The oldest clocks were built in Egypt. Obeliks (3500 B.C) are the oldest clocks, whose moving shadows provided an easy way to follow the course of the day.
All the clocks work following a similar process, which consists of counting a regular cycle that allows us to measure the time. In other words, the measurement of the time consists of the comparison of a fixed event with another unknown event.
In ancient times, natural events were used as "datum point" for the measurement of time, for example the length of the day or the observation of the stars. The time measurement was not always destined to determine the hour of the day, sometimes this measurement just showed certain events that were interesting for our ancestors, like the solstices (stonehenge)
Other clocks used an own mechanism with a constant length instead of paying attention to an external event. The Egyptian about 1400 years B.C., developed the first instrument of this type, the clepsidra or water clock, which in its simplest form consisted of an alabaster bowl, wide at the top and narrow at the bottom, marked on the inside with horizontal "hour" marks. The Chinese or Hindues perfectioned this mechanism at a later stage. These clocks have continued to be used during centuries.
In addition to clepsidras, the Egyptians in the VIII century B.C used sun clocks, one of them is still conserved in Egypt.
Other civilizations used simple objects with ingenious forms to measure the time for example, the Chinese civilization burned a evenly tied cord and measured the time interval that the fire needed to travel from a knot to the following one.
The first mechanical clock was probably built around the 14th century, which was quite inexact albeit in many cases spectacular. However, the first references to this kind of clocks appeared in books of Alfonso X, although although later on great personages like Leonardo Da Vinci contributed to the development of ingenious apparatus which were more precise to measure the time. The first engine clocks were based on the use of weights. The invention of the wharf engine, in the XV century, permitted the development of portable clocks.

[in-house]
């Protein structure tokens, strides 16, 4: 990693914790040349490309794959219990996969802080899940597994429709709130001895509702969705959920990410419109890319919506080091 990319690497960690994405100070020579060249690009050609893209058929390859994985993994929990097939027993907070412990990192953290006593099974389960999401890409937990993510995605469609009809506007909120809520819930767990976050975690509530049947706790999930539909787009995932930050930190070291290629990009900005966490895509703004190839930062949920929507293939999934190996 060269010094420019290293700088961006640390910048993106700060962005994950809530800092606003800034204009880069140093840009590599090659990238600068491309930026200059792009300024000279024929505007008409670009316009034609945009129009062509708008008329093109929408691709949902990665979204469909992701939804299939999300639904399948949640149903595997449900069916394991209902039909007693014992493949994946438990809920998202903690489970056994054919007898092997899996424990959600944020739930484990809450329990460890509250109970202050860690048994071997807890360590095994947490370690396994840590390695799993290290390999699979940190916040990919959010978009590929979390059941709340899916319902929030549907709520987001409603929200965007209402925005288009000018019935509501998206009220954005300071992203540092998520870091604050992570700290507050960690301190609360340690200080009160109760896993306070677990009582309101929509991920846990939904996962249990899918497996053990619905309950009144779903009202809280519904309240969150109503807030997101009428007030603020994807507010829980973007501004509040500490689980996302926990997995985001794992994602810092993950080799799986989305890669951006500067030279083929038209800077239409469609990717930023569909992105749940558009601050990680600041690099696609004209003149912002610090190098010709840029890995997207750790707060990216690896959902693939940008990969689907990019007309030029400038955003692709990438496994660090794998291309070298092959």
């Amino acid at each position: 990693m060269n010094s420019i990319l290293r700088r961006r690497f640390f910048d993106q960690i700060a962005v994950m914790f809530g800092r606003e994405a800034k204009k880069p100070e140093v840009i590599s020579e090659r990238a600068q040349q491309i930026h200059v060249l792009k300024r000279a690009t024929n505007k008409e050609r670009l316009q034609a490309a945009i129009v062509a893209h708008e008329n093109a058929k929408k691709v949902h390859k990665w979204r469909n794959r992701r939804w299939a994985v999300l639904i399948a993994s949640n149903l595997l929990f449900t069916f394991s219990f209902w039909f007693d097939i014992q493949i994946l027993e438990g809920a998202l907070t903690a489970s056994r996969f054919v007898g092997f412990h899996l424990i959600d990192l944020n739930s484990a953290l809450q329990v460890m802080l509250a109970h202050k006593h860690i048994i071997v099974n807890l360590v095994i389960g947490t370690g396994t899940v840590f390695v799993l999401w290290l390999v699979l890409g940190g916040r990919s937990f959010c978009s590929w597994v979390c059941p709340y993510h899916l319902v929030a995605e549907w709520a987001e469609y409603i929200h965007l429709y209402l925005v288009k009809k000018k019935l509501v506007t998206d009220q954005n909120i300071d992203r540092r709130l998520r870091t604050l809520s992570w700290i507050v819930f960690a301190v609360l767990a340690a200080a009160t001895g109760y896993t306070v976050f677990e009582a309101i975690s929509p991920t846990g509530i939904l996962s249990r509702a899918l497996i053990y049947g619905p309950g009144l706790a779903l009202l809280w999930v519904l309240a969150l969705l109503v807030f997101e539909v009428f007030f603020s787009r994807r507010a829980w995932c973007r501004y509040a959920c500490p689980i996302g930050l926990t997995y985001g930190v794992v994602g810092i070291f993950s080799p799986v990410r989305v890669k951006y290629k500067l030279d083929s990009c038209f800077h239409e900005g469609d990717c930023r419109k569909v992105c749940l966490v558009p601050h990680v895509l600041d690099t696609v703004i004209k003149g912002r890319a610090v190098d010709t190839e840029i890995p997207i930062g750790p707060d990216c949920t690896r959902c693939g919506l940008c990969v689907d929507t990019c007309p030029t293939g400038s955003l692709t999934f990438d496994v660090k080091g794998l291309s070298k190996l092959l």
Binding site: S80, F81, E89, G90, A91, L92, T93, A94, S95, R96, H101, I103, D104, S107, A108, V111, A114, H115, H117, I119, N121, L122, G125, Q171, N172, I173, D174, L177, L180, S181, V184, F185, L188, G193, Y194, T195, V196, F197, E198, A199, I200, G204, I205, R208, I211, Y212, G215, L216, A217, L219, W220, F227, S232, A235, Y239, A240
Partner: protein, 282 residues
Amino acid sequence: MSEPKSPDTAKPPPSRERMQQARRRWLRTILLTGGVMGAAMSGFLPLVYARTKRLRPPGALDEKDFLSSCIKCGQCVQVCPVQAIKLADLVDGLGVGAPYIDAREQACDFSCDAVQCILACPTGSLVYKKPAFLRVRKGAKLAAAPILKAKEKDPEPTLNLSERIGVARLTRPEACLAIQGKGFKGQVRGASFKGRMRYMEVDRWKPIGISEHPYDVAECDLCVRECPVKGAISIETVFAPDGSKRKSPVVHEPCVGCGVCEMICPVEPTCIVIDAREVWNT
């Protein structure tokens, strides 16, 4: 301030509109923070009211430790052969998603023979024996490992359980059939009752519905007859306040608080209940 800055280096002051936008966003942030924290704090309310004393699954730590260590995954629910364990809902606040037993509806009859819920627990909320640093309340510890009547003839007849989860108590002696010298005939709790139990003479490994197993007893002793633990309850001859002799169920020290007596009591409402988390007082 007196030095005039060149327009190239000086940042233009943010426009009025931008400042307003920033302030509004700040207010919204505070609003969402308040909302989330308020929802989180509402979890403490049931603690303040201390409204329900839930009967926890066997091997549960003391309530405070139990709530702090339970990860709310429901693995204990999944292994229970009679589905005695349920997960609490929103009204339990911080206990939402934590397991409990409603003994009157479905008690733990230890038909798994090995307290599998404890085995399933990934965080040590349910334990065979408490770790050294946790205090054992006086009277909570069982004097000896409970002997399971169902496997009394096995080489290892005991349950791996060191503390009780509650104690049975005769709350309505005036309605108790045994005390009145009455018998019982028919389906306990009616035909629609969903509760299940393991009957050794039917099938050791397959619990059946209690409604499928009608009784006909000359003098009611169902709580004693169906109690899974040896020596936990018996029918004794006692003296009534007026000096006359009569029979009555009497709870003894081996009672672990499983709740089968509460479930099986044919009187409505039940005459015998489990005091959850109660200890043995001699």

A further advancement came with the creation of the pendular clock, whose principle was conceived by Galileo, although was Huygens, a Dutch scientist, who built it in 1656. This clock supposed a great advance in respect of the previous ones, since it was out of phase just ten seconds a day. During the XVII century the first pocket clocks made their appearance. The pendulum clock was improved during almost three centuries, until 1929, when an American scientist, Warren A. Marrison,
developed the quartz-crystal clock, whose operation is based on the vibration that experiences the crystal when an alternating electric voltage is applied to it. A current quartz clock of extreme quality is out of phase a millisecond every month, if we consider an apparatus of less quality, this out of phase or even one greater will take place in few days. These are estimations in ideal conditions, nevertheless, the ageing of the crystal, the dirt and other agents can frequently harm the precision of these apparatuses.
In the middle of the last century, in 1949, the first atomic clock, based on the natural frequency of atomic particles was created, its precision was not much better than the one of the quartz clocks for the moment, nevertheless, eventually the use of other atoms have permitted the development of atomic clocks with extraordinary precission although the same protocol was followed to create it. The most common example is the Cesium atomic clock,
with an extraordinary exactitude (would approximately be out of phase a millisecond in 1400 years) The rubidium resonator, although of lower quality than the cesium resonator, is nevertheless important because it is relatively inexpensive compared to cesium resonators and is out of phase approximately a millisecond in several months which it is more than adequate for many of today's needs.